Pussy Riot Members Get 15 Days in Jail and a 3-Year Ban From Sporting Events After Protesting at the World Cup Final

The group has also released a new music video about Russian police.

Veronica Nikulshina, a member of the Russian protest-art group Pussy Riot, is escorted off the pitch after staging an on-field protest during the Russia 2018 World Cup final football match between France and Croatia at the Luzhniki Stadium in Moscow on July 15, 2018. Photo by Mladen Antonov/AFP/Getty Images.
Veronica Nikulshina, a member of the Russian protest-art group Pussy Riot, is escorted off the pitch after staging an on-field protest during the Russia 2018 World Cup final football match between France and Croatia at the Luzhniki Stadium in Moscow on July 15, 2018. Photo by Mladen Antonov/AFP/Getty Images.

After a high-profile protest on the field of the World Cup final in Moscow on Sunday, four members of punk rock feminist protest art collective Pussy Riot have been sentenced to 15 days behind bars and a three-year ban from sporting events. The group has followed up their latest action with the release of a new music video, “Track About Good Cop.”

Known for its colorful face-obscuring balaclavas and outspoken criticism of Vladimir Putin and his government, Pussy Riot made headlines in 2012 for performing the protest song “Punk Prayer” on the steps of Moscow’s Cathedral of Christ Savior. Three of the group’s original members were convicted of hooliganism motivated by religious hatred, and two others, Nadezhda Tolokonnikova and Maria Alyokhina, were imprisoned until December 2013.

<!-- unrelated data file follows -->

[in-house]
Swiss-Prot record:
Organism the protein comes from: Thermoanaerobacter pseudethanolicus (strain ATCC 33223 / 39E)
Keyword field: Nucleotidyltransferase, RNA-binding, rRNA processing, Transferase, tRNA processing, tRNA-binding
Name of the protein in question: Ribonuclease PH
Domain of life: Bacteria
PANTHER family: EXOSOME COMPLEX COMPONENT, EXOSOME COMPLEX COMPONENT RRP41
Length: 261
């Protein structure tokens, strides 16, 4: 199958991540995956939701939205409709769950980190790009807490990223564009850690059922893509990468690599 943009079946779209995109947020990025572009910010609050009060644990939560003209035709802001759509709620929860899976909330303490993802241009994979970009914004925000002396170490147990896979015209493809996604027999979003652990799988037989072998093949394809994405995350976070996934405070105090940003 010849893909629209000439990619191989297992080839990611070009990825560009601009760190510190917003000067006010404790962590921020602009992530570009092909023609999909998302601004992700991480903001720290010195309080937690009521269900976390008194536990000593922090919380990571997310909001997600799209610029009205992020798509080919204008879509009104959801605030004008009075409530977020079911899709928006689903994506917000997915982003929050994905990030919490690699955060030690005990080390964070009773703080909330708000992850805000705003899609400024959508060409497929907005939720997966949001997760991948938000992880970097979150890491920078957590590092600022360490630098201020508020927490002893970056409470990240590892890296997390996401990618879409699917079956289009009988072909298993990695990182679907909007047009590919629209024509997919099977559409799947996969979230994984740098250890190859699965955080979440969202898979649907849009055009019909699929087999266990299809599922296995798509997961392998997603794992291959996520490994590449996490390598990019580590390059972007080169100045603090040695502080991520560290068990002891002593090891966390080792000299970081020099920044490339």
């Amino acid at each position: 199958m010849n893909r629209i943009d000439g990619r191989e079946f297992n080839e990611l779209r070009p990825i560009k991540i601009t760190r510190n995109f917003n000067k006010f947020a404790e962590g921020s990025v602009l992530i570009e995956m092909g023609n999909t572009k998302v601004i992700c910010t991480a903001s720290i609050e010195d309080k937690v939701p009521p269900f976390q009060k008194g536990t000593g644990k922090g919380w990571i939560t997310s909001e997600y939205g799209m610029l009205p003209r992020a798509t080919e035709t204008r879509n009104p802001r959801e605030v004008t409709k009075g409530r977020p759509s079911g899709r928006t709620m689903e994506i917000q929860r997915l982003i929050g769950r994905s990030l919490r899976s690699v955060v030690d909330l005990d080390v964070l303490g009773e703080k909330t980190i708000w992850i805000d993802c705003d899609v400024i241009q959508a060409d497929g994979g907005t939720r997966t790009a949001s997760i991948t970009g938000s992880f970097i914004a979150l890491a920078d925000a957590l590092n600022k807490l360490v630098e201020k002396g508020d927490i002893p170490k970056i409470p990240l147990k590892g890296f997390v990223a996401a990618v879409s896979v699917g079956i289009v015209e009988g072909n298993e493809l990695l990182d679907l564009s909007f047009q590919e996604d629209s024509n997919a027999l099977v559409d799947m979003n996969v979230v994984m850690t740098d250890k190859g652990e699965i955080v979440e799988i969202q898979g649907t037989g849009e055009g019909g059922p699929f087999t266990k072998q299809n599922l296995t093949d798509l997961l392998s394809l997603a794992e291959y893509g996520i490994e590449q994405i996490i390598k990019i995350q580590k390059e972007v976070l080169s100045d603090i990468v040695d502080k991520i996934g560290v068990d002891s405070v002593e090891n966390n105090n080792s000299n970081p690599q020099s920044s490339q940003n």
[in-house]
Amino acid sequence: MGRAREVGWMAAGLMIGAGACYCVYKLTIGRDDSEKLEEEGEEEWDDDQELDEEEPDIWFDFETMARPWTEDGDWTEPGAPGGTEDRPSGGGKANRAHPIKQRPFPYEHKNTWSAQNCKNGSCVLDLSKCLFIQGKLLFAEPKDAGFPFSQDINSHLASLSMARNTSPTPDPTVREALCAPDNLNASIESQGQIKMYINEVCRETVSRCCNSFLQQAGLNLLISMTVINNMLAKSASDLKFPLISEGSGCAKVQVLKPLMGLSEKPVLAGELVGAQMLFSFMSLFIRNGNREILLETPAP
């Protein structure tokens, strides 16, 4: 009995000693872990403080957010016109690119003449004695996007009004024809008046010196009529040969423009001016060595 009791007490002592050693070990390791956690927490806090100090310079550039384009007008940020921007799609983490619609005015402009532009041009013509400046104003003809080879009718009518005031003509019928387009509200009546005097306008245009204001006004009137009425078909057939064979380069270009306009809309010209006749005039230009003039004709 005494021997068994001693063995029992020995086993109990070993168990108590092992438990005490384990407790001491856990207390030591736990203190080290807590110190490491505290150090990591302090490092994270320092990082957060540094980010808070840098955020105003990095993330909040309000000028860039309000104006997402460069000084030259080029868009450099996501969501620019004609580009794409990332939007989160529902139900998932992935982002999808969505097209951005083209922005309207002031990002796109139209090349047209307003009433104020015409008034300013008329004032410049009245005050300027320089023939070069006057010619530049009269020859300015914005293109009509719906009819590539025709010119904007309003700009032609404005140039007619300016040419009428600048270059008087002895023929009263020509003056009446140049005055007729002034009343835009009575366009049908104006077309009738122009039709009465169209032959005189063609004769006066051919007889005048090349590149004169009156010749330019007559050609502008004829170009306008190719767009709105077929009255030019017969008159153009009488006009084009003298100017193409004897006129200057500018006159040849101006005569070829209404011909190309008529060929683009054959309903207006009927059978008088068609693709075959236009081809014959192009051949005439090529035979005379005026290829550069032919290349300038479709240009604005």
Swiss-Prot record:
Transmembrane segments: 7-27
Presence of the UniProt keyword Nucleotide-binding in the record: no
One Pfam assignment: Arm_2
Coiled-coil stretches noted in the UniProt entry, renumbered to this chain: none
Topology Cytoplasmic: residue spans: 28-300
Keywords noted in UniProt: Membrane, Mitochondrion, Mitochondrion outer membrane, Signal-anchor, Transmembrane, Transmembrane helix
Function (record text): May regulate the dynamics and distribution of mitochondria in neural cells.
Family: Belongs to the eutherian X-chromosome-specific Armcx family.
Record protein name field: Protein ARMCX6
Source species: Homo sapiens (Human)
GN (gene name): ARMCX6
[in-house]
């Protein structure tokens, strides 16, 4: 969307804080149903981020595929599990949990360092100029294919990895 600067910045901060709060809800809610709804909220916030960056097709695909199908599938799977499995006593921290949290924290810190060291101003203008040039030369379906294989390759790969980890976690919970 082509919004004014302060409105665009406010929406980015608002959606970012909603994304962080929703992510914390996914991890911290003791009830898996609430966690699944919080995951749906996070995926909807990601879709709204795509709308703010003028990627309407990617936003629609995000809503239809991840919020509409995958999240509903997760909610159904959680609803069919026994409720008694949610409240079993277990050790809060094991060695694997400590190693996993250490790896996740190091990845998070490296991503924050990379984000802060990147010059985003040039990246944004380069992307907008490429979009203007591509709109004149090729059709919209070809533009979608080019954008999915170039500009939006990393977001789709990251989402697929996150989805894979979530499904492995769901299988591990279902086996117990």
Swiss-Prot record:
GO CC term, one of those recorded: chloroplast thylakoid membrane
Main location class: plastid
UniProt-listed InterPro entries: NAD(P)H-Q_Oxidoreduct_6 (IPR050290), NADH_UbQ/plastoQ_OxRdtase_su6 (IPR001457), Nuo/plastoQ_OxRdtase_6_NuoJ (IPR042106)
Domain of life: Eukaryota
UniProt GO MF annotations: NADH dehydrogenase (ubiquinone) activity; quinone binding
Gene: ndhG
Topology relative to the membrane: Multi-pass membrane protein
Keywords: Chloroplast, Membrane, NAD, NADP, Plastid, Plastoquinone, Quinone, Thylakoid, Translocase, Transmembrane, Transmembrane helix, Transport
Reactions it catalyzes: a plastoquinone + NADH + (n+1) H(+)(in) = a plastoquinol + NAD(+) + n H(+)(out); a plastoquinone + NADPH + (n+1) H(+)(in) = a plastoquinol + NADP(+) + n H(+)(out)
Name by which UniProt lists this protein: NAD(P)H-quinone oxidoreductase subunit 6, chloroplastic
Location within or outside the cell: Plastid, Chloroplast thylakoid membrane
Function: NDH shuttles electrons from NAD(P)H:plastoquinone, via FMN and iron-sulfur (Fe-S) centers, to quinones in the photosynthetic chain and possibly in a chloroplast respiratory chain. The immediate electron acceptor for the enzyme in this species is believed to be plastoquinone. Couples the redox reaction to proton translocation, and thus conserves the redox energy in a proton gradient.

Our fourth member, Olga Pakhtusova, gets 15 days of arrest and a ban to visit sports events for 3 years.

Posted by PussyRiot on Monday, July 16, 2018

The group’s latest arrests stem from what they’ve dubbed “Policeman Enters the Game” or “The Football Field Action.” Dressed as Russian police, Veronika Nikulshina, Olga Kurachova, Olga Pakhtusova, and Pyotr Verzilov stormed the field during the match between France and Croatia. (Verzilov, previously considered the group’s unofficial spokesperson, is the husband of Tolokonnikova.) They were ultimately dragged off the field by security guards.

The PussyRiot Facebook page has been posting regular updates about the status of the protestors, who were sentenced in Moscow’s Khamovnichesky court on misdemeanor charges after spending the night behind bars. Initial reports had indicated that those involved faced fines of up to 200,000 rubles ($2,700) or 160 hours of community service.

The first of pussy riot members' cases is being heard in the court now / прямо сейчас слушается дело первой участницы Pussy Riot

Posted by PussyRiot on Monday, July 16, 2018

The on-field protest marked the 11th anniversary of the death of Russian dissident artist and poet Dmitriy Prigov, who wrote of a “heavenly policeman,” an idealized concept the group contrasts with the reality of the police force in the Russian state.

Pussy Riot’s new video features three young men, later joined by one woman, all clad in police uniforms, dancing in the snow. “Me and you, we are dancing, we are not cops,” the lyrics read. “There’s plenty of buzz in life without putting your badge out. Your affairs with power are careless. It will betray you—You will go to Siberia.”

Calling more broadly for police reform, Pussy Riot shared a list of demands on Facebook:

1. Let all political prisoners free. Free Oleg Sentsov.
2. Not imprison for “likes”.
3. Stop Illegal arrests on rallies.
4. Allow political competition in the country.
5. Not fabricate criminal accusations and not keep people in jails for no reason.

Watch Pussy Riot’s new music video, “Track About Good Cop,” below.


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